SANAA — An air strike by the Saudi-led coalition on the Yemeni capital’s old quarter killed five people Friday as it destroyed homes in the centuries-old heritage site UNESCO calls a ��jewel�� of Islamic culture. Sanaa’s old city has been inhabited for more than 2,500 years and was a major center for the propagation of Islam, boasting more than 100 mosques, 14 public baths and more than 6,000 houses built before the 11th century. It was inscribed on UNESCO’s World Heritage List in 1986. Residents said the pre-dawn strike was the first direct hit on old Sanaa since the launch of the bombing campaign against Huthi rebels in late March.
A missile hit the Qassimi neighborhood without exploding, but killed five residents, including a woman and a child, and destroyed three three-storey houses, medics and witnesses said. The target of the raid was not immediately clear amid conflicting statements from residents about whether rebels had occupied one of the houses. UNESCO director general Irina Bokova said she was ��profoundly distressed by the loss of human lives as well as by the damage inflicted on one of the world’s oldest jewels of Islamic urban landscape. She said she was ��shocked by the images of these magnificent many-storyed tower-houses and serene gardens reduced to rubble.�� ��The historic value and memories enshrined in these sites have been irreparably damaged or destroyed.�� ��This destruction will only exacerbate the humanitarian situation and I reiterate my call to all parties to respect and protect cultural heritage in Yemen,�� she said. Naji Saleh Thawaba, head of Yemen’s General Organisation for the Preservation of the Historic Cities of Yemen also condemned the attack. ��I never imagined that this site could one day become a target; even if there were enemy (positions) in the area, it should never be a target for air strikes,�� he told AFP. The upper storys of houses rising above ground floors constructed of stone are built of rammed earth and burnt brick, with each building decorated with geometric patterns of fired bricks and white gypsum, inspired by traditional Islamic art. The old city has already suffered some damage from air strikes on nearby targets, including the defense ministry, prompting a protest from UNESCO in May. Earlier this month, UNESCO also condemned air strikes that hit the ancient Great Dam of Marib, which was first built in the 8th century BC, in the city that was once the capital of the kingdom of Saba.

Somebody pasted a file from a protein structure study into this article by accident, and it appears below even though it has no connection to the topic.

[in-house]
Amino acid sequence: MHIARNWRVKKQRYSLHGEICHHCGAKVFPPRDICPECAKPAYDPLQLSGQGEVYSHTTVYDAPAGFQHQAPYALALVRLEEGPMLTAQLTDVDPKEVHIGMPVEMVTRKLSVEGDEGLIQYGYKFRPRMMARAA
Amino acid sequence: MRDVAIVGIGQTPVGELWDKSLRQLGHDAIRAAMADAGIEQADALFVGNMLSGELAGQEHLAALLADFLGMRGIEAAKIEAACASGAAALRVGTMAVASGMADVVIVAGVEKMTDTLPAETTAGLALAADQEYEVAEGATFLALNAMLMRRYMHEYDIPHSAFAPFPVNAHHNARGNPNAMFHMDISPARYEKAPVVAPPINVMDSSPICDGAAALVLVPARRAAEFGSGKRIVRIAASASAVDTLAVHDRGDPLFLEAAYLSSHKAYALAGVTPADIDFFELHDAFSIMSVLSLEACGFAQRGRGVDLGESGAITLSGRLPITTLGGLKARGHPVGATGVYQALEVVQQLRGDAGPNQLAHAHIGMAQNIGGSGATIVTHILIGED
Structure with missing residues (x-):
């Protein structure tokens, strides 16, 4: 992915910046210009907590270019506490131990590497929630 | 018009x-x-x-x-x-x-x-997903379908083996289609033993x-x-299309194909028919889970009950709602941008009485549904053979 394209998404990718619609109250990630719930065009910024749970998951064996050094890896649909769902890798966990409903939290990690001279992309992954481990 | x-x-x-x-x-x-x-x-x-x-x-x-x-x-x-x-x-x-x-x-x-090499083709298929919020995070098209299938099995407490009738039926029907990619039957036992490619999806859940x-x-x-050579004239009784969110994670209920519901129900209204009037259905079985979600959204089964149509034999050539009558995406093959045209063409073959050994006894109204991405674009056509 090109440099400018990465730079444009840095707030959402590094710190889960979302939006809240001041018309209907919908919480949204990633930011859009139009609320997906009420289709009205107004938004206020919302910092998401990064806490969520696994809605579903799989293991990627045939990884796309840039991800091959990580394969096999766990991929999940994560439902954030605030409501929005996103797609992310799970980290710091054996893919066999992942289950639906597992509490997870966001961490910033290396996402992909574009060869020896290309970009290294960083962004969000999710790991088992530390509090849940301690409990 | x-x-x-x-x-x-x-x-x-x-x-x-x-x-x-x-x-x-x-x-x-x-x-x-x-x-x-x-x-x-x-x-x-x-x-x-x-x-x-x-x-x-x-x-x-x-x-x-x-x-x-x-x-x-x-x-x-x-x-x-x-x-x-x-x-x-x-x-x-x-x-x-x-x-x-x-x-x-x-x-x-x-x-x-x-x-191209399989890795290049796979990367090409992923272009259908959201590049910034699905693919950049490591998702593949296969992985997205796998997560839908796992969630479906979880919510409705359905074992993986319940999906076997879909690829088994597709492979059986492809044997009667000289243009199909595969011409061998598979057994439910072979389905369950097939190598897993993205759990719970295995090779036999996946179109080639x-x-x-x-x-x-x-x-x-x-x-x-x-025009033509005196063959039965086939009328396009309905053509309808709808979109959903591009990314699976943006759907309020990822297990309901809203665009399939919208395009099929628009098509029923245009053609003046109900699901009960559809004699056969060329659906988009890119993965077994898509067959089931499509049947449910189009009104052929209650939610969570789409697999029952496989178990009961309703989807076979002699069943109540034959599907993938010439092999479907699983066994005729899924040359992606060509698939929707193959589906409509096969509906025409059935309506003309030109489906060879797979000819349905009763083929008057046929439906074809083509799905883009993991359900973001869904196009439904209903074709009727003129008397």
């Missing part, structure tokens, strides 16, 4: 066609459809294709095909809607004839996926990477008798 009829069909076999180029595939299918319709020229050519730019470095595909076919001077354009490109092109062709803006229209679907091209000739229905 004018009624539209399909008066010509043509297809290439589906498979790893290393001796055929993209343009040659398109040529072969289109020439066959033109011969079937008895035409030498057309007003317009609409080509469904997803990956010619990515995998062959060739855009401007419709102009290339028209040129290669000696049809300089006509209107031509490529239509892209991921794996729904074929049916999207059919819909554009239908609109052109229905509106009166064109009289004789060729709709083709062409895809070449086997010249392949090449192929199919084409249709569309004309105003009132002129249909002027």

The U.N. body said the attack on the dam came a week after the national museum in Dhamar, in central Yemen, was ��completely destroyed.��